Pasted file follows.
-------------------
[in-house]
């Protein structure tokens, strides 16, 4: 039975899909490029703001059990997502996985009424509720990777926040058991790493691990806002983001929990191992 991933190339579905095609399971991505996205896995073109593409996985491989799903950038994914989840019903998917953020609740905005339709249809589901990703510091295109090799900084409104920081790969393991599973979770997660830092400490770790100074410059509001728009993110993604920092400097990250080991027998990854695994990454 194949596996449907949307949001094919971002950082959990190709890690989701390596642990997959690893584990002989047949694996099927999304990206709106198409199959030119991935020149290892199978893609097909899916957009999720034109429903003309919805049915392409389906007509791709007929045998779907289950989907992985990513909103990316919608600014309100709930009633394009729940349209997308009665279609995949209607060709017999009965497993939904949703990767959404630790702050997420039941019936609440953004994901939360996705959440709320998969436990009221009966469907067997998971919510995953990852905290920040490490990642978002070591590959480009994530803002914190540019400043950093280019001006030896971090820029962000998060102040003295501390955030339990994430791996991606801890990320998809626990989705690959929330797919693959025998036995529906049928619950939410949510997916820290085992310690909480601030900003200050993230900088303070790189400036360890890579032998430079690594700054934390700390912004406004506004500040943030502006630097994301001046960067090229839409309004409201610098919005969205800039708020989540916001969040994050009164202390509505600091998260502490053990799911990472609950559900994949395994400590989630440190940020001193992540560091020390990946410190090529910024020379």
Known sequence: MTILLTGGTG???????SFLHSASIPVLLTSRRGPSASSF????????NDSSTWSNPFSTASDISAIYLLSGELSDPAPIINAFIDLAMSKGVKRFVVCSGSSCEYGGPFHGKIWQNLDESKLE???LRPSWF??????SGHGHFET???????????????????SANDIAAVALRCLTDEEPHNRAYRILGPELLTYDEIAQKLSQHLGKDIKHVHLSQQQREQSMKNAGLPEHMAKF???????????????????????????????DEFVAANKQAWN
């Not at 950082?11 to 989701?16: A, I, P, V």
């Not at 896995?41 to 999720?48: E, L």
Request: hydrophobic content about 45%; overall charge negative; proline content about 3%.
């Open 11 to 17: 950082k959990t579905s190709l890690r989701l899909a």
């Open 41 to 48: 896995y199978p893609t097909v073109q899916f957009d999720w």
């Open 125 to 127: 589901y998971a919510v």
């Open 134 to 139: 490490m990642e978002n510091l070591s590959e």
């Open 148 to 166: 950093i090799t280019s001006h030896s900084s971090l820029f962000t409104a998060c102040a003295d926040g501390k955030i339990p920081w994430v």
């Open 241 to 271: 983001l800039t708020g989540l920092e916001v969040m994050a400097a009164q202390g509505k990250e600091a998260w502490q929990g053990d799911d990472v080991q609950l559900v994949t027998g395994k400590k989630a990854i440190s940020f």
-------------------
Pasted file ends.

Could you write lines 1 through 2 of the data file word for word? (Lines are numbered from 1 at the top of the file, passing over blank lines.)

[in-house]
């Protein structure tokens, strides 16, 4: 039975899909490029703001059990997502996985009424509720990777926040058991790493691990806002983001929990191992 991933190339579905095609399971991505996205896995073109593409996985491989799903950038994914989840019903998917953020609740905005339709249809589901990703510091295109090799900084409104920081790969393991599973979770997660830092400490770790100074410059509001728009993110993604920092400097990250080991027998990854695994990454 194949596996449907949307949001094919971002950082959990190709890690989701390596642990997959690893584990002989047949694996099927999304990206709106198409199959030119991935020149290892199978893609097909899916957009999720034109429903003309919805049915392409389906007509791709007929045998779907289950989907992985990513909103990316919608600014309100709930009633394009729940349209997308009665279609995949209607060709017999009965497993939904949703990767959404630790702050997420039941019936609440953004994901939360996705959440709320998969436990009221009966469907067997998971919510995953990852905290920040490490990642978002070591590959480009994530803002914190540019400043950093280019001006030896971090820029962000998060102040003295501390955030339990994430791996991606801890990320998809626990989705690959929330797919693959025998036995529906049928619950939410949510997916820290085992310690909480601030900003200050993230900088303070790189400036360890890579032998430079690594700054934390700390912004406004506004500040943030502006630097994301001046960067090229839409309004409201610098919005969205800039708020989540916001969040994050009164202390509505600091998260502490053990799911990472609950559900994949395994400590989630440190940020001193992540560091020390990946410190090529910024020379």